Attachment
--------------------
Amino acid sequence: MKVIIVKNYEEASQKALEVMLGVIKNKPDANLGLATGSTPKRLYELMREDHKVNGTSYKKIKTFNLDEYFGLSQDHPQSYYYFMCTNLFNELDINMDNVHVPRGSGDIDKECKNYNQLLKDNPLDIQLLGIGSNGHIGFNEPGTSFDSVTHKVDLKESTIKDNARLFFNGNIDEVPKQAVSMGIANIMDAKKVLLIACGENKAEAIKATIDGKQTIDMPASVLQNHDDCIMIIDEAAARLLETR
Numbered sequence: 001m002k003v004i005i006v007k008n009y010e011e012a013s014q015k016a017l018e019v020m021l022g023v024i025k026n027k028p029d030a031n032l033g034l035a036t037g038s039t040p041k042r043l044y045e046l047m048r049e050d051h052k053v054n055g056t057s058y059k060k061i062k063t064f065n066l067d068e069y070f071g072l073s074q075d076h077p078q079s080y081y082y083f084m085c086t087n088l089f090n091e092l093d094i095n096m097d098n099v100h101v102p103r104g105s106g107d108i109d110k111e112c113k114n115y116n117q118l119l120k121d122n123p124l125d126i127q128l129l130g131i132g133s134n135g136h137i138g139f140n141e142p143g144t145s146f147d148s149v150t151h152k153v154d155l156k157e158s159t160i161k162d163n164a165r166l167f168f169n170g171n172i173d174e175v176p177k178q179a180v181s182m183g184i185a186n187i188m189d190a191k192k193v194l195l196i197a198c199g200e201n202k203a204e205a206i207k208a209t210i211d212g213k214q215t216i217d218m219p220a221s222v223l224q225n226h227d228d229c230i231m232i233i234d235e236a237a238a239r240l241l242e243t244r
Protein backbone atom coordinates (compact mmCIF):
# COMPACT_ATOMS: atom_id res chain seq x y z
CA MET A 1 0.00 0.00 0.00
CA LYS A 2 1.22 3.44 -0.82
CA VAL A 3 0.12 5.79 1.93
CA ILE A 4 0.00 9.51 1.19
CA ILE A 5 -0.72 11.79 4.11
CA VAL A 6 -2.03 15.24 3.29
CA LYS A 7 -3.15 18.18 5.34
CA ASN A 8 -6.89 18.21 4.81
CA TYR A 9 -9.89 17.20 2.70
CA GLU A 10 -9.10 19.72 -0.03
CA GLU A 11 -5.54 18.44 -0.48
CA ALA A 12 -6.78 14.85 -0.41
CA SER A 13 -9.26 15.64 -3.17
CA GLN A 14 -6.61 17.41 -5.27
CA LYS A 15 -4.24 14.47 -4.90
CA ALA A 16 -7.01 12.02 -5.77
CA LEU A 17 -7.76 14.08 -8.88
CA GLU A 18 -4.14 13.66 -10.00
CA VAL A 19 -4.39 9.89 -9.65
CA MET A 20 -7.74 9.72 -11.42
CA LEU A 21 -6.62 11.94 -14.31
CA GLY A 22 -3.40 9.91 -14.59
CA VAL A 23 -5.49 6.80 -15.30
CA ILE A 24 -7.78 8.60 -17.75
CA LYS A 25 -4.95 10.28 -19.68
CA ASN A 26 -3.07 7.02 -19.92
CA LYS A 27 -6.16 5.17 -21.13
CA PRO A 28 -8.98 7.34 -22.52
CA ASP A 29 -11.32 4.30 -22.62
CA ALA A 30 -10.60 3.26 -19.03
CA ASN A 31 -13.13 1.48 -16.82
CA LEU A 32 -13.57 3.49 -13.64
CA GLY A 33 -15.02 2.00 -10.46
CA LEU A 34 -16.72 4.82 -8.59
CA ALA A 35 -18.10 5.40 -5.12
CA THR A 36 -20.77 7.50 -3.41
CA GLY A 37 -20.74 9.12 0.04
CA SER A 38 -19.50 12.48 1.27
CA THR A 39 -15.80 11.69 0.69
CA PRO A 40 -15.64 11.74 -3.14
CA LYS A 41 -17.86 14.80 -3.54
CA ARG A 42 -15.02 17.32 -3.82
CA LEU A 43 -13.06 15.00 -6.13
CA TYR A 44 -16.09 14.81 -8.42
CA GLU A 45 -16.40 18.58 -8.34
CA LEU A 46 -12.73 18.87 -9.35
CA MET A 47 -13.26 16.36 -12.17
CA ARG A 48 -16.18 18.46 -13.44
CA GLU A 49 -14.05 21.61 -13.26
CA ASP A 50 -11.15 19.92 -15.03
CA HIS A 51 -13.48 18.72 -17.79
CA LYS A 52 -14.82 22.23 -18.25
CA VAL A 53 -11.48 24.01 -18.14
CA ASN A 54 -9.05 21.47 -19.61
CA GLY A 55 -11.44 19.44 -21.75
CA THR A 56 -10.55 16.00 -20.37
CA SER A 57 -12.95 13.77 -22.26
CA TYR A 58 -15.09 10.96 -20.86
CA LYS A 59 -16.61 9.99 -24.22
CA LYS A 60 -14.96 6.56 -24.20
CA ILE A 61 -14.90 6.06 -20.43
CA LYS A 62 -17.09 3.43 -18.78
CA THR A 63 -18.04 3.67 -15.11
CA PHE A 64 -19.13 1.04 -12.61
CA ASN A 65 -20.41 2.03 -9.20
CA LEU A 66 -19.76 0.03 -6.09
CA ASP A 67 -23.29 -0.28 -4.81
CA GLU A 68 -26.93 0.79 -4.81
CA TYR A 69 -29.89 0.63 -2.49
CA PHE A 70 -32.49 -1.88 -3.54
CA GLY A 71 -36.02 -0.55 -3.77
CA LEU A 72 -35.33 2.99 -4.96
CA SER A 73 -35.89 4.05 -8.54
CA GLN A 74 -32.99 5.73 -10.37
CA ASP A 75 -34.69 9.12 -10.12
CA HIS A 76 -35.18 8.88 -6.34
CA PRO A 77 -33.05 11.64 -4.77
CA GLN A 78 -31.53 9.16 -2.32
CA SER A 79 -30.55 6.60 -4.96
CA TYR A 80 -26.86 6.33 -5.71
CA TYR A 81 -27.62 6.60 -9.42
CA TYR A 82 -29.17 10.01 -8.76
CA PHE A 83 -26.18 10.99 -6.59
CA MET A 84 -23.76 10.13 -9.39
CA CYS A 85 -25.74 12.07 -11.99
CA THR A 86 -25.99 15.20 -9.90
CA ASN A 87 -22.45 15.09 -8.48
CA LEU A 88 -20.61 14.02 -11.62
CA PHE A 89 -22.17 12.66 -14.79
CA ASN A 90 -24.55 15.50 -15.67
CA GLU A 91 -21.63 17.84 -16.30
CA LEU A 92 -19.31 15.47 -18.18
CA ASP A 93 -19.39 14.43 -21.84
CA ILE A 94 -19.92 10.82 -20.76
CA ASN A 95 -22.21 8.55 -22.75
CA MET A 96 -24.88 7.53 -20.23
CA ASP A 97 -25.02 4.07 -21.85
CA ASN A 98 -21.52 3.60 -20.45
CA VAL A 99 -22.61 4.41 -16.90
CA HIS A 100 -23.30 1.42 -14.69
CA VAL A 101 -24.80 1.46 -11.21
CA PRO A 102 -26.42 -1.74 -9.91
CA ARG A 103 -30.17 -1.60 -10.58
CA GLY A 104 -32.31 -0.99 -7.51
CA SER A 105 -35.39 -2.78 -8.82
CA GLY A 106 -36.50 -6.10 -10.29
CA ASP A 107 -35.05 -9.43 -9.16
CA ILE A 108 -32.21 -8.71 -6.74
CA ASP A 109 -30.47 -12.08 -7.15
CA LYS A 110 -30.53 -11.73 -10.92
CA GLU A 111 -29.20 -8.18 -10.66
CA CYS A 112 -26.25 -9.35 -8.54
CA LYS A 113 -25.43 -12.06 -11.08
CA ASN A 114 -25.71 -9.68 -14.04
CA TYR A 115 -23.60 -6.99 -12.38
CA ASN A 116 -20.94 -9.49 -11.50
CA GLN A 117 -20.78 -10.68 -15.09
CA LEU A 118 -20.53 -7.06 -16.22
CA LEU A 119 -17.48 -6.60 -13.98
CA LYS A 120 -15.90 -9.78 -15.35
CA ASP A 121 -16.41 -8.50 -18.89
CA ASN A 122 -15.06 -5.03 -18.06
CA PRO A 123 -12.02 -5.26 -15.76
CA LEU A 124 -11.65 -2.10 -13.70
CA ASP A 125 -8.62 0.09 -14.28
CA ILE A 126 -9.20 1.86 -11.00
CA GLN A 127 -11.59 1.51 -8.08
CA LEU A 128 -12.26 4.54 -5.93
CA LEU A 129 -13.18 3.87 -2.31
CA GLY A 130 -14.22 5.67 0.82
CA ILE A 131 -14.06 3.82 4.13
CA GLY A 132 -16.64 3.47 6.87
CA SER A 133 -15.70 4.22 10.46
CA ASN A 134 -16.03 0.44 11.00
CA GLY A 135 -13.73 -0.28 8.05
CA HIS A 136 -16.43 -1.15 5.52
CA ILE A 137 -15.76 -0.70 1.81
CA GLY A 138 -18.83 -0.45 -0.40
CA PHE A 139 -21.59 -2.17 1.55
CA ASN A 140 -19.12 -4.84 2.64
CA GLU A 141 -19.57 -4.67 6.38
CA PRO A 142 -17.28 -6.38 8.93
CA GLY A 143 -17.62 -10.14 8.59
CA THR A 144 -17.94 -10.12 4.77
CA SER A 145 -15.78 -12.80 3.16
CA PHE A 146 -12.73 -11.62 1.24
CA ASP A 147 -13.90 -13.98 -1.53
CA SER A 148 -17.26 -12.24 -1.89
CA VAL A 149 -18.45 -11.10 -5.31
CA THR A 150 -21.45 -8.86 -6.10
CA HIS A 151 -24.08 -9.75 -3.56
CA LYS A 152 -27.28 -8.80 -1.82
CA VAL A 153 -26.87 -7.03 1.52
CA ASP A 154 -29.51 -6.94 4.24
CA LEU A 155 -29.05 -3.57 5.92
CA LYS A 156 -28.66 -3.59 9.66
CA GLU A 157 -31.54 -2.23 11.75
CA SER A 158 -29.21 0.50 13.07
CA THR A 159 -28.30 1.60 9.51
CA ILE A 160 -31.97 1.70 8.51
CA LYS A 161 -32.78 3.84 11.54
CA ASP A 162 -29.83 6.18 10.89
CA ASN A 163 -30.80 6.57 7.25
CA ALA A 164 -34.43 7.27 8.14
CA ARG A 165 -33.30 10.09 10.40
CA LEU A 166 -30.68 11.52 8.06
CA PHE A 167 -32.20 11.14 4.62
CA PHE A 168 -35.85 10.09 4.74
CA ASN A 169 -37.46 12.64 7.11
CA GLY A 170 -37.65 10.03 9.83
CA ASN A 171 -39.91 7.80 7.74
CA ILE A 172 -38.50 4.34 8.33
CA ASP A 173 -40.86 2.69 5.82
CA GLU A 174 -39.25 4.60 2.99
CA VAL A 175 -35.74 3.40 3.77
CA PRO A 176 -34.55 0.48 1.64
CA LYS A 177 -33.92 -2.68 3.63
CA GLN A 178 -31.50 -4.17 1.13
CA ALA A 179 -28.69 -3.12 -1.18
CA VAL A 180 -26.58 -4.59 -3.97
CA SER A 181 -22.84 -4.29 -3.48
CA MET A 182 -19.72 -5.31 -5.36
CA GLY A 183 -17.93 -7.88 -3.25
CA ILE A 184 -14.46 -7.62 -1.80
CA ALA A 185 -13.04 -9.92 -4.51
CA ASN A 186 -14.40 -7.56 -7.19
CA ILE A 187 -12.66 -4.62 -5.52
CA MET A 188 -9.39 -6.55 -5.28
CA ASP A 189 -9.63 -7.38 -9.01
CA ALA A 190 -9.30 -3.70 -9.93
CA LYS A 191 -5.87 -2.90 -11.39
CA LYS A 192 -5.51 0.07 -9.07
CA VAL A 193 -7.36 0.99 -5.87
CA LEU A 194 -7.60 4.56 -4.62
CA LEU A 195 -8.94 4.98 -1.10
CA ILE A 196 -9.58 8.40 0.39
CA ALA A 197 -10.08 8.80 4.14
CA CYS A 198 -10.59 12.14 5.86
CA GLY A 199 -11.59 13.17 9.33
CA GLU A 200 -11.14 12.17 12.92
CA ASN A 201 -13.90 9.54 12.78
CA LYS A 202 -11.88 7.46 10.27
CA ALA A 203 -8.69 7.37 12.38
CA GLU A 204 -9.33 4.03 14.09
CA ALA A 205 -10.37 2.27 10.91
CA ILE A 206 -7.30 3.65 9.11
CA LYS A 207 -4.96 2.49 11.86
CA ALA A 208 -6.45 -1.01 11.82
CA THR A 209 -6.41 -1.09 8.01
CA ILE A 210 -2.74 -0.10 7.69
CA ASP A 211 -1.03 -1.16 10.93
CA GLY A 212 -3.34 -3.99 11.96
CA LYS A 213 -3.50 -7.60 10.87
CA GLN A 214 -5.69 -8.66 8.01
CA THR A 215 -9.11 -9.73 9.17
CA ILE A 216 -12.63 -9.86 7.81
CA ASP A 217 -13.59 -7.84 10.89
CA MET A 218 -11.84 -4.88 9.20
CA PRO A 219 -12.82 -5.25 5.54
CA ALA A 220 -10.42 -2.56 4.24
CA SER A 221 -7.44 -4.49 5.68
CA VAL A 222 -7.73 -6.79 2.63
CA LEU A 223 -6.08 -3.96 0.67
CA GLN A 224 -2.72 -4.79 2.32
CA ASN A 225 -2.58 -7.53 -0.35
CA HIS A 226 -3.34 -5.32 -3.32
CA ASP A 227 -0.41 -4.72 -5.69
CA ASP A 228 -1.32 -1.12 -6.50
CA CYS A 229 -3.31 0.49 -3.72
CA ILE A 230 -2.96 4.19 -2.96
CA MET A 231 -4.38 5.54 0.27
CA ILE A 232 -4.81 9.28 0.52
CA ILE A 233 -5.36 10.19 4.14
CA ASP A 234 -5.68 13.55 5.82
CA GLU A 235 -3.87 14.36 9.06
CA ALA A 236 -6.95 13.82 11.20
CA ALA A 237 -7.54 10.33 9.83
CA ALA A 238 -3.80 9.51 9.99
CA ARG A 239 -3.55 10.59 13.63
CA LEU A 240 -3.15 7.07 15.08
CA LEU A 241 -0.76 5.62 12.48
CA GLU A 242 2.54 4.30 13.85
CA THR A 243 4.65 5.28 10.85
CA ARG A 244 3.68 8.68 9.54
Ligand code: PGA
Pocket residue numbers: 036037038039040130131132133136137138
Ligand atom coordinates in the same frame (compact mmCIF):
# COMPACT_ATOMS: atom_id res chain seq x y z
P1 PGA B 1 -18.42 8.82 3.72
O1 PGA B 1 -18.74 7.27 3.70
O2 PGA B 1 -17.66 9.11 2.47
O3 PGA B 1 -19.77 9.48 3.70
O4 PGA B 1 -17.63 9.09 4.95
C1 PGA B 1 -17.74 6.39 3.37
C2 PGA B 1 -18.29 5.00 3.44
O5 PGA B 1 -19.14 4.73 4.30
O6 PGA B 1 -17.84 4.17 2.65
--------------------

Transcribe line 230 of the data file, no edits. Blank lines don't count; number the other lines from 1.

CA HIS A 226 -3.34 -5.32 -3.32